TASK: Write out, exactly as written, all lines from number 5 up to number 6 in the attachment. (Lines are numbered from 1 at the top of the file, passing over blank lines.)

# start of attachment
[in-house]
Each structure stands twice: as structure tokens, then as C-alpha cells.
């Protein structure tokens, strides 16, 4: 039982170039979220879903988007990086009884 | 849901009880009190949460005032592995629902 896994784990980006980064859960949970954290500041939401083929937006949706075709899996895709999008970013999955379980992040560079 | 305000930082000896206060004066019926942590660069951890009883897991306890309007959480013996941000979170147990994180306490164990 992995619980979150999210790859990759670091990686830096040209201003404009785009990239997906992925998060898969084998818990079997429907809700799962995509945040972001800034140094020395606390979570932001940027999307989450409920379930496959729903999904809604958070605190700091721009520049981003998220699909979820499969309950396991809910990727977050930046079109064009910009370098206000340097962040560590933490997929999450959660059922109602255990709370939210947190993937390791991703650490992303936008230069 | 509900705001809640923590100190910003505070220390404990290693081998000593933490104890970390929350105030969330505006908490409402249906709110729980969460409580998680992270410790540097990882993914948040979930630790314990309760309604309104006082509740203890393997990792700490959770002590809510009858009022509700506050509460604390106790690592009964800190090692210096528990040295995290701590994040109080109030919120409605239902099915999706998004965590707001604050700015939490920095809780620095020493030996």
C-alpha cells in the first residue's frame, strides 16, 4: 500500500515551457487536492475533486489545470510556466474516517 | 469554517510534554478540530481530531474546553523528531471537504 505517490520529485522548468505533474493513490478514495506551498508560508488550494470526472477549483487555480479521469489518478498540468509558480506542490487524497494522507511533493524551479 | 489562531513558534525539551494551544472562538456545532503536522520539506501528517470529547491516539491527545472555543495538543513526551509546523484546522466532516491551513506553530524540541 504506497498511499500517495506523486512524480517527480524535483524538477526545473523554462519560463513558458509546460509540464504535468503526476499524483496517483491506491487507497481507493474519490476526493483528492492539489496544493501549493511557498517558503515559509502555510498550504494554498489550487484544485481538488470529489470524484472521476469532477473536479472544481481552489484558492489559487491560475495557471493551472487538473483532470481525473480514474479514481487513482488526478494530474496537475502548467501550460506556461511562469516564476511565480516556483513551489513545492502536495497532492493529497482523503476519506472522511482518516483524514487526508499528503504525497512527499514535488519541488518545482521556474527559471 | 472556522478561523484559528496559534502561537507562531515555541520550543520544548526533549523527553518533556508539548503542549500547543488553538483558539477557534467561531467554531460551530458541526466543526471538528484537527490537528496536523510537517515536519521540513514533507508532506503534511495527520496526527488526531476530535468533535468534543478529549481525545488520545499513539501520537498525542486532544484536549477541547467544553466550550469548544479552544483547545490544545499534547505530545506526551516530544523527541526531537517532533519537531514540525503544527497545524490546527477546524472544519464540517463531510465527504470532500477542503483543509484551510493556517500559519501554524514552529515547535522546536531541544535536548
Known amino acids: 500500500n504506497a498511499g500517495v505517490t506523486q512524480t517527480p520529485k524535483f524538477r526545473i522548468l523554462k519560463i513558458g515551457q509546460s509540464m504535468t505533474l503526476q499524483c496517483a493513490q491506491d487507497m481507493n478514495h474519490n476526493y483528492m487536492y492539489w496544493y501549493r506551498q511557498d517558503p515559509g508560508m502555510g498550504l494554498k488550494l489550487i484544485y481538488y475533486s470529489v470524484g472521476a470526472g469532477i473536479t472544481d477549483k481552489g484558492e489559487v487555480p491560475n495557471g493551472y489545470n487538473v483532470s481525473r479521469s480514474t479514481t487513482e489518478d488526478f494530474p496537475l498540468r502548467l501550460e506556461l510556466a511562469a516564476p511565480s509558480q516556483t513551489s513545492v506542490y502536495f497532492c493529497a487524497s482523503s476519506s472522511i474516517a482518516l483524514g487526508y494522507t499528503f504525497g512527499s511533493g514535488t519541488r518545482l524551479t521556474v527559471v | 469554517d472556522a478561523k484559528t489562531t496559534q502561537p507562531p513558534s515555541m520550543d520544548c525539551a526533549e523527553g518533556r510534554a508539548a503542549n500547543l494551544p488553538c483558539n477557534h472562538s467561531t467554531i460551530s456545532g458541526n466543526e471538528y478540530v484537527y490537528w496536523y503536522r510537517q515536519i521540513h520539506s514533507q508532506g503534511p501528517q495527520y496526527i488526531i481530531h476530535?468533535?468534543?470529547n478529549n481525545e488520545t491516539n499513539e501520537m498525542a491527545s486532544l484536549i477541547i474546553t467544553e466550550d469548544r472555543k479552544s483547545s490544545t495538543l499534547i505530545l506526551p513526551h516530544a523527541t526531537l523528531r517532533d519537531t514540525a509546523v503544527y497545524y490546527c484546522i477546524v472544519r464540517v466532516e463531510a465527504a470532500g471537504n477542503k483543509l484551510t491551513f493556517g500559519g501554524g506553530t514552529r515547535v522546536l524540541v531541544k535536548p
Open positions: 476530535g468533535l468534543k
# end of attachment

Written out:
Known amino acids: 500500500n504506497a498511499g500517495v505517490t506523486q512524480t517527480p520529485k524535483f524538477r526545473i522548468l523554462k519560463i513558458g515551457q509546460s509540464m504535468t505533474l503526476q499524483c496517483a493513490q491506491d487507497m481507493n478514495h474519490n476526493y483528492m487536492y492539489w496544493y501549493r506551498q511557498d517558503p515559509g508560508m502555510g498550504l494554498k488550494l489550487i484544485y481538488y475533486s470529489v470524484g472521476a470526472g469532477i473536479t472544481d477549483k481552489g484558492e489559487v487555480p491560475n495557471g493551472y489545470n487538473v483532470s481525473r479521469s480514474t479514481t487513482e489518478d488526478f494530474p496537475l498540468r502548467l501550460e506556461l510556466a511562469a516564476p511565480s509558480q516556483t513551489s513545492v506542490y502536495f497532492c493529497a487524497s482523503s476519506s472522511i474516517a482518516l483524514g487526508y494522507t499528503f504525497g512527499s511533493g514535488t519541488r518545482l524551479t521556474v527559471v | 469554517d472556522a478561523k484559528t489562531t496559534q502561537p507562531p513558534s515555541m520550543d520544548c525539551a526533549e523527553g518533556r510534554a508539548a503542549n500547543l494551544p488553538c483558539n477557534h472562538s467561531t467554531i460551530s456545532g458541526n466543526e471538528y478540530v484537527y490537528w496536523y503536522r510537517q515536519i521540513h520539506s514533507q508532506g503534511p501528517q495527520y496526527i488526531i481530531h476530535?468533535?468534543?470529547n478529549n481525545e488520545t491516539n499513539e501520537m498525542a491527545s486532544l484536549i477541547i474546553t467544553e466550550d469548544r472555543k479552544s483547545s490544545t495538543l499534547i505530545l506526551p513526551h516530544a523527541t526531537l523528531r517532533d519537531t514540525a509546523v503544527y497545524y490546527c484546522i477546524v472544519r464540517v466532516e463531510a465527504a470532500g471537504n477542503k483543509l484551510t491551513f493556517g500559519g501554524g506553530t514552529r515547535v522546536l524540541v531541544k535536548p
Open positions: 476530535g468533535l468534543k